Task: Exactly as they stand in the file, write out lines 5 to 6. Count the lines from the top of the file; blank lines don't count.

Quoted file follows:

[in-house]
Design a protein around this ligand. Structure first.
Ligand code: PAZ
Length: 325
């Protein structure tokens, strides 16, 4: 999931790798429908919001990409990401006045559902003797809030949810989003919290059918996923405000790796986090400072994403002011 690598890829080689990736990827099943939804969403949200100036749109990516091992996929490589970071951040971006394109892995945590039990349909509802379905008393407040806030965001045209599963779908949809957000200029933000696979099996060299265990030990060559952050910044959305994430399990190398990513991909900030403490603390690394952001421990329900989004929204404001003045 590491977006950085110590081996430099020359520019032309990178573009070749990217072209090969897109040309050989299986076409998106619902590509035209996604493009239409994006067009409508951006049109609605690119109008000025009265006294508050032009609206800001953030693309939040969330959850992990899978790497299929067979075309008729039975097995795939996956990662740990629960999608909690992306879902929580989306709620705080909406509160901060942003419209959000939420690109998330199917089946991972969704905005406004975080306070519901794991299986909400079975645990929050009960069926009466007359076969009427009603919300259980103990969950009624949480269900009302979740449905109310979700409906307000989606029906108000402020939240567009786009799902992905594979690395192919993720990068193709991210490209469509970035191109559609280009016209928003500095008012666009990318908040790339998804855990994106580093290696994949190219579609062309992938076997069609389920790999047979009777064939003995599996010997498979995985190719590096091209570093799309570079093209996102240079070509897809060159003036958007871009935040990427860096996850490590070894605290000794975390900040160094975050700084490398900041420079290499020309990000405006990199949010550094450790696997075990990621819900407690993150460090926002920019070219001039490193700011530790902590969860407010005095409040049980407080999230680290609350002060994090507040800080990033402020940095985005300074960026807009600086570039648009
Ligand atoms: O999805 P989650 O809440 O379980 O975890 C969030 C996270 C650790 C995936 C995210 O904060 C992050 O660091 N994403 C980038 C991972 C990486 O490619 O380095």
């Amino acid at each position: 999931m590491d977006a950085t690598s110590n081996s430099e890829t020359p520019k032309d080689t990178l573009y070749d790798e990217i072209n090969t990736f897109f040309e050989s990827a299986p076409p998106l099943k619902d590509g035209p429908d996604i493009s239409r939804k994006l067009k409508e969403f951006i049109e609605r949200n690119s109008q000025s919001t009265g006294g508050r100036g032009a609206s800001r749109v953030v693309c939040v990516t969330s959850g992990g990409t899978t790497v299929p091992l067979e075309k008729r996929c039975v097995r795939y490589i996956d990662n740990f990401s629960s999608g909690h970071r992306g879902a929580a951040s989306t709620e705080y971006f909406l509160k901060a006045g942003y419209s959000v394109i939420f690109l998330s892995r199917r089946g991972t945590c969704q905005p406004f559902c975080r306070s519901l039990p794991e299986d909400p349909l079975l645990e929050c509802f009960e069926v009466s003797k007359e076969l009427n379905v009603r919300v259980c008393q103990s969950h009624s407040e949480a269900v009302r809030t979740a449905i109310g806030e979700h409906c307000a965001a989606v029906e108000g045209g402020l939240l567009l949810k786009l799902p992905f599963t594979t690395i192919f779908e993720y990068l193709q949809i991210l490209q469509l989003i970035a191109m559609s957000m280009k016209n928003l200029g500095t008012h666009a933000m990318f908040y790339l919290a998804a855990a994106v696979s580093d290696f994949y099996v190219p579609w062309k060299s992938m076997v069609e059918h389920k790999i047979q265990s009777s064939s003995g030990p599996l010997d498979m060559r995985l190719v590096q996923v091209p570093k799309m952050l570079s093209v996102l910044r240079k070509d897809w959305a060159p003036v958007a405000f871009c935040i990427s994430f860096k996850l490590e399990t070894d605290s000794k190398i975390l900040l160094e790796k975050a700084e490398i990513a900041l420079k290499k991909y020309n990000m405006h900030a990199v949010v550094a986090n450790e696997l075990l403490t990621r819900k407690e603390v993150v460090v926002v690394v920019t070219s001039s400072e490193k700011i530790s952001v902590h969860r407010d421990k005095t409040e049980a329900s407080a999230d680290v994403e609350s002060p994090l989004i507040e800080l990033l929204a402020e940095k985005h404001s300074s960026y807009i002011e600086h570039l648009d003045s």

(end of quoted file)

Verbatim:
């Protein structure tokens, strides 16, 4: 999931790798429908919001990409990401006045559902003797809030949810989003919290059918996923405000790796986090400072994403002011 690598890829080689990736990827099943939804969403949200100036749109990516091992996929490589970071951040971006394109892995945590039990349909509802379905008393407040806030965001045209599963779908949809957000200029933000696979099996060299265990030990060559952050910044959305994430399990190398990513991909900030403490603390690394952001421990329900989004929204404001003045 590491977006950085110590081996430099020359520019032309990178573009070749990217072209090969897109040309050989299986076409998106619902590509035209996604493009239409994006067009409508951006049109609605690119109008000025009265006294508050032009609206800001953030693309939040969330959850992990899978790497299929067979075309008729039975097995795939996956990662740990629960999608909690992306879902929580989306709620705080909406509160901060942003419209959000939420690109998330199917089946991972969704905005406004975080306070519901794991299986909400079975645990929050009960069926009466007359076969009427009603919300259980103990969950009624949480269900009302979740449905109310979700409906307000989606029906108000402020939240567009786009799902992905594979690395192919993720990068193709991210490209469509970035191109559609280009016209928003500095008012666009990318908040790339998804855990994106580093290696994949190219579609062309992938076997069609389920790999047979009777064939003995599996010997498979995985190719590096091209570093799309570079093209996102240079070509897809060159003036958007871009935040990427860096996850490590070894605290000794975390900040160094975050700084490398900041420079290499020309990000405006990199949010550094450790696997075990990621819900407690993150460090926002920019070219001039490193700011530790902590969860407010005095409040049980407080999230680290609350002060994090507040800080990033402020940095985005300074960026807009600086570039648009
Ligand atoms: O999805 P989650 O809440 O379980 O975890 C969030 C996270 C650790 C995936 C995210 O904060 C992050 O660091 N994403 C980038 C991972 C990486 O490619 O380095």